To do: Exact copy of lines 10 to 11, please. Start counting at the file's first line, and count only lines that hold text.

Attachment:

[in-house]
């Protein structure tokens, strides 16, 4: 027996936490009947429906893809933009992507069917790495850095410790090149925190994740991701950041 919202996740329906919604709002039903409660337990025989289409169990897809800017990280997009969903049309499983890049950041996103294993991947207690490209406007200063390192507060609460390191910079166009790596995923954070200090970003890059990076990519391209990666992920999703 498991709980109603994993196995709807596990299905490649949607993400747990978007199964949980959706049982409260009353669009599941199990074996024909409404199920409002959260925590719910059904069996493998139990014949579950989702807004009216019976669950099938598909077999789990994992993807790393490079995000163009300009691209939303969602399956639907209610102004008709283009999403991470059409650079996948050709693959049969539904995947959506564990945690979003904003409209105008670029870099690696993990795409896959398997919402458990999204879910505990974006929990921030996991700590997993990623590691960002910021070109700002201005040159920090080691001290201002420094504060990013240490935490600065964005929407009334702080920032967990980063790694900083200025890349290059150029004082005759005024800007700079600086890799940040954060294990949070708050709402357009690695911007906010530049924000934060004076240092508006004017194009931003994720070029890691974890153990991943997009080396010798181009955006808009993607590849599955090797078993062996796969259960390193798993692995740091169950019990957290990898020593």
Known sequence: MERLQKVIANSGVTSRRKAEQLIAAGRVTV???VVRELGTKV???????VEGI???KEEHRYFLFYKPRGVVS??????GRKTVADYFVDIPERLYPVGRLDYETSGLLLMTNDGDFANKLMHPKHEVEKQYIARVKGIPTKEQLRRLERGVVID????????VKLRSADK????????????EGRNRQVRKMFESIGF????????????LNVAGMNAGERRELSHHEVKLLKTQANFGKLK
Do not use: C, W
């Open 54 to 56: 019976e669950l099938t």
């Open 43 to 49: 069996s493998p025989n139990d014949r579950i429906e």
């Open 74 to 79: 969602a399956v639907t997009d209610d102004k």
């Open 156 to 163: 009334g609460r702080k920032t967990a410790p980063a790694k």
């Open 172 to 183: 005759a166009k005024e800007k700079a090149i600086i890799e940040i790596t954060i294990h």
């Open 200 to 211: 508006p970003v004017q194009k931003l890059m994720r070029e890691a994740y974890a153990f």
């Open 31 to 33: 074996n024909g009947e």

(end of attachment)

């Open 200 to 211: 508006p970003v004017q194009k931003l890059m994720r070029e890691a994740y974890a153990f």
């Open 31 to 33: 074996n024909g009947e």